Entertainment Weekly just put up a story where they talked to Disney legend Ruthie Thompson about her work and Walt Disney.
She is now 108 years old and the “oldest living animator.” She worked for the Walt Disney Company for 40 years from 1935 until 1975. She started off working at the end of Snow White and the Seven Dwarfs.
I got in on the dirty work, more or less. It was at the end of it where you had to clean cels and patch up little things that might have popped off, and do legwork. I was a gopher, really.
That started off her career and she went on to work on many feature films including: Fantasia, Dumbo, Pinocchio and Sleeping Beauty. She received a Disney Legend award in 2000.
During the interview she tells the story of how she grew up in Walt Disney’s neighborhood and how she would pass by the storefront that Walt used, for his earlier projects, on her way to elementary school. This led to her becoming an animator.
They were sitting right in the store window, painting, and I’m going by on the way to grammar school.
Kids like her were inspirations for animation. And Walt even encouraged her to become an animator.
Disney paid the kids in the neighborhood with quarters to photograph them playing — running and leapfrogging, movement he could reference for animations — and it was Disney who encouraged Tompson to go to night school so she could begin to work in animation.
I went to night school and did what they told me to do, and the result is one of these things,
The first night I went, I went in inking. Inking was the main thing they needed. The girls that ink are really artists. This one managed to stay alive, the rest of them all popped off. After I inked this, these cels, two or three of them, the head girl in the inking department came over and gave me a little hug and she said, ‘Honey, I think you better go into painting.’
Thompson then moved to the painting department where she would paint the cels after they were inked.
The first one I did was Lonesome Ghosts — that was painting. Whites and blues and grays and stuff.
She started out working on Lonesome Ghosts and later moved onto being a supervisor.
During the interview with EW, she talked about being there when Walt Disney was working on Disneyland and particularly about a photograph with a stage coach around 1955 where she is sitting on top.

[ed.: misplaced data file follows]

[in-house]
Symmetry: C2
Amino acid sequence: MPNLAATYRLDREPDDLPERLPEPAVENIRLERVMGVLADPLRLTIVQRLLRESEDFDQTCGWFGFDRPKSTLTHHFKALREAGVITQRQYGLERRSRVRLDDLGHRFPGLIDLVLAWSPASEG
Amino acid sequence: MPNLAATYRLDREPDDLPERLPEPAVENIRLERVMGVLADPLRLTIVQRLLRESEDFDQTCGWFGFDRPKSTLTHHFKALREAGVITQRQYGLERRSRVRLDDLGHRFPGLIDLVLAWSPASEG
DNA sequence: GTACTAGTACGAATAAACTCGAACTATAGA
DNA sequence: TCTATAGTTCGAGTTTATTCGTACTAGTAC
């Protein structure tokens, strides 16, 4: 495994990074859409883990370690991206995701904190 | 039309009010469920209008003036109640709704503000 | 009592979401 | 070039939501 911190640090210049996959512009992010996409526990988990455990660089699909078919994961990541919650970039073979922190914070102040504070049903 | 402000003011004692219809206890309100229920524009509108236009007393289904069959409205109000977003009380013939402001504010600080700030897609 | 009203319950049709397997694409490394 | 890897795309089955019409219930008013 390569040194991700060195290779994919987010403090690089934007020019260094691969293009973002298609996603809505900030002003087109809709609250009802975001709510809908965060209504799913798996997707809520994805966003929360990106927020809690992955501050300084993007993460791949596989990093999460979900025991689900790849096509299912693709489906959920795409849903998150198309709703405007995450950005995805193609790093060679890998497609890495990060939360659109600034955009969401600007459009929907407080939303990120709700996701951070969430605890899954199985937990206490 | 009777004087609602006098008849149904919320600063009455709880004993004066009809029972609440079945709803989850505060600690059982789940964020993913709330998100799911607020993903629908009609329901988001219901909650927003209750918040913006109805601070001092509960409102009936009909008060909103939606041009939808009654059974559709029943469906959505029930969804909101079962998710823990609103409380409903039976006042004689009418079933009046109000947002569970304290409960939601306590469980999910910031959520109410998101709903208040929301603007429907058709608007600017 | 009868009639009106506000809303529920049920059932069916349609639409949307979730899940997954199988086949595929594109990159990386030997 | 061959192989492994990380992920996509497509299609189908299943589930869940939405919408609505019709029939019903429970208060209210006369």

Before the park opened, [Disney] had a fellow who was a master carpenter build a stagecoach, and this was the first day that the stagecoach came out to see everybody. Of course it’s build five-eighths to scale. It’s not as big as a regular carriage. We were sitting on the front lawn at lunchtime on a Saturday, and working overtime because ‘Saludos Amigos’ was having paint troubles — the paint was sticking and we had to redo a lot of stuff, and of course it was last minute. And Walt gets up there [on the carriage]. I got up on the thing, and he looked over at me, and said, ‘Ruthie could drive these in the park!’ He decided not to do it because ponies get frisky and kids might scare ’em or something.”
How exciting that we are still lucky enough to have Ruthie Thompson with us to share her memories and talk about what it was like to be a woman in animation. I actually originally wanted to be an animator, and we even accepted to a school that worked with Disney for internships, but ultimately I decided I wanted to teach instead. Hearing stories like hers makes me happy to know that women like me have been at Disney Studios from the beginning and it’s just gotten better and better.
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Stage Coach Image: Getty Images